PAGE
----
PURPOSE Current tools in predicting survival outcomes for patients with colon cancer predominantly rely on clinical and pathologic characteristics, but increasing evidence suggests that diet and lifestyle habits are associated with patient outcomes and should be considered to enhance model accuracy. METHODS Using an adjuvant chemotherapy trial for stage III colon cancer (CALGB 89803), we developed prediction models of disease-free survival (DFS) and overall survival by additionally incorporating self-reported nine diet and lifestyle factors. Both models were assessed by multivariable Cox proportional hazards regression and externally validated using another trial for stage III colon cancer (CALGB/SWOG 80702), and visual nomograms of prediction models were constructed accordingly. We also proposed three hypothetical scenarios for patients with (1) good-risk, (2) average-risk, and (3) poor-risk clinical and pathologic features, and estimated their predictive survival by considering clinical and pathologic features with or without adding self-reported diet and lifestyle factors. RESULTS Among 1,024 patients (median age 60.0 years, 43.8% female), we observed 394 DFS events and 311 deaths after median follow-up of 7.3 years. Adding self-reported diet and lifestyle factors to clinical and pathologic characteristics meaningfully improved performance of prediction models (c-index from 0.64 [95% CI, 0.62 to 0.67] to 0.69 [95% CI, 0.67 to 0.72] for DFS, and from 0.67 [95% CI, 0.64 to 0.70] to 0.71 [95% CI, 0.69 to 0.75] for overall survival). External validation also indicated good performance of discrimination and calibration. Adding most self-reported favorable diet and lifestyle exposures to multivariate modeling improved 5-year DFS of all patients and by 6.3% for good-risk, 21.4% for average-risk, and 42.6% for poor-risk clinical and pathologic features. CONCLUSION Diet and lifestyle factors further inform current recurrence and survival prediction models for patients with stage III colon cancer.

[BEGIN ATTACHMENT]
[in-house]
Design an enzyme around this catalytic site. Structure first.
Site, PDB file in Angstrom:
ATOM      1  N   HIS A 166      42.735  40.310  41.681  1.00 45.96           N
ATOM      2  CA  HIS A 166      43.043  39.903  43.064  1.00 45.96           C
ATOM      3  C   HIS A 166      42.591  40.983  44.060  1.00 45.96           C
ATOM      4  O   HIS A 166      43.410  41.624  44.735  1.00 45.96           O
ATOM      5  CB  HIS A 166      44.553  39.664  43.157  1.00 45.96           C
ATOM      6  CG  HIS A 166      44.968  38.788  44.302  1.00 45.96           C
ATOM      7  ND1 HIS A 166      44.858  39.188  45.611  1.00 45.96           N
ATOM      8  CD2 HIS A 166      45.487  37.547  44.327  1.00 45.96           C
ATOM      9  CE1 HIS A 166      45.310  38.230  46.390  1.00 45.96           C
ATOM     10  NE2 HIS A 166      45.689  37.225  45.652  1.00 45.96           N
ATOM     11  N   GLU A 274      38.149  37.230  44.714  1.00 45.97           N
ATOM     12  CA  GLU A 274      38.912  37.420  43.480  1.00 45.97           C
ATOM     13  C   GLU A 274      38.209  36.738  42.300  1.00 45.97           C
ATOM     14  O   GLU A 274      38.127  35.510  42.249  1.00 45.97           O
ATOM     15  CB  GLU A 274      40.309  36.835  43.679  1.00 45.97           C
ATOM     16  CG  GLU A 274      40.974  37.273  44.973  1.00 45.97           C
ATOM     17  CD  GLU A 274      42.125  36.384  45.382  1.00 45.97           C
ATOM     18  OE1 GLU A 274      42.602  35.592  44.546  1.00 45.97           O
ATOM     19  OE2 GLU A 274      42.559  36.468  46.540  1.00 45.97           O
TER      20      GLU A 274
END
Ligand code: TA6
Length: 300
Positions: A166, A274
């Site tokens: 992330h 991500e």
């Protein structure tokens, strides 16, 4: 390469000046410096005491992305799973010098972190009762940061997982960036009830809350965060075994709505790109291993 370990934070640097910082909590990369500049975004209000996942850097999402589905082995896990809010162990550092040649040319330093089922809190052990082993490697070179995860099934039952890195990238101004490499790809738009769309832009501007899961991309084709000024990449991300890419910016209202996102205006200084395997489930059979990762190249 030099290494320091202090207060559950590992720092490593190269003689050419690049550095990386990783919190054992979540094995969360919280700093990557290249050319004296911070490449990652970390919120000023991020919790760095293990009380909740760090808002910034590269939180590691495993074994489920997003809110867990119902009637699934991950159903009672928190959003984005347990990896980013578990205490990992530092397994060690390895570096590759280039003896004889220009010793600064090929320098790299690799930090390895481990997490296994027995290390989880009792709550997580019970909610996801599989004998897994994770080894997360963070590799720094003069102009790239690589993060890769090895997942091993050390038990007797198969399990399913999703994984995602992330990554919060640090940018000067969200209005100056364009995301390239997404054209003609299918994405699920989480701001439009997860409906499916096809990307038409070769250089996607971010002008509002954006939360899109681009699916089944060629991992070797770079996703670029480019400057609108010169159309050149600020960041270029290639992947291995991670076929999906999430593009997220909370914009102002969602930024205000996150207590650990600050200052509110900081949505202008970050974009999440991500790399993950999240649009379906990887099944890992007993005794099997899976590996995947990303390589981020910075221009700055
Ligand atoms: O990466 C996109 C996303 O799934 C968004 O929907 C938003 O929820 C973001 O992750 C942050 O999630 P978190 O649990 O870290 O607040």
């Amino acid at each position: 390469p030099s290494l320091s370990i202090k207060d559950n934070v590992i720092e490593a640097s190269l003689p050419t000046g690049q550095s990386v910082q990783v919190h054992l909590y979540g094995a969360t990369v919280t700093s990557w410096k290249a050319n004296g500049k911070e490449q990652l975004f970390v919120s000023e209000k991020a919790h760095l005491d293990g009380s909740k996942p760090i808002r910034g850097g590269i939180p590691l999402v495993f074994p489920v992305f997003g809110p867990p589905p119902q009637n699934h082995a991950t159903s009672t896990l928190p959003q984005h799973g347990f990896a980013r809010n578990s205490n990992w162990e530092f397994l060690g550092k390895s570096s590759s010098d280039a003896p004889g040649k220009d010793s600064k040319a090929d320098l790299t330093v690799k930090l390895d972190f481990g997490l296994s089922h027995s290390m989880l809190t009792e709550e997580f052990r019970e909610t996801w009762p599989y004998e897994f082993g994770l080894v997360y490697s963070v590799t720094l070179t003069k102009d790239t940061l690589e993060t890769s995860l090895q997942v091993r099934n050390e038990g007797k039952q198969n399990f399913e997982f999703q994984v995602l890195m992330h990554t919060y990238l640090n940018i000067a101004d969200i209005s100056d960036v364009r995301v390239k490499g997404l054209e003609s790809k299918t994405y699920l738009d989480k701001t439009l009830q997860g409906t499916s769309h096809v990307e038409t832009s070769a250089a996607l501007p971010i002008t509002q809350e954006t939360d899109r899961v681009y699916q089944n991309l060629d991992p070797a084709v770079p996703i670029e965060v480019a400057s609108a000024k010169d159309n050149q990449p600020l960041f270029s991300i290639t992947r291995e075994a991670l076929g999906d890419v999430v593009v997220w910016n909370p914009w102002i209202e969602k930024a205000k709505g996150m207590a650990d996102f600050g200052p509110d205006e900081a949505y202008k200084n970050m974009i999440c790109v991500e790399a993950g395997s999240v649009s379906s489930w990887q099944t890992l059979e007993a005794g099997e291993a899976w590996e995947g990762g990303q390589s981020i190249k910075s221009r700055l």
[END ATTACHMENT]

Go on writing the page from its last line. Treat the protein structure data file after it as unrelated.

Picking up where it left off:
ASJC Scopus subject areas
- Cancer Research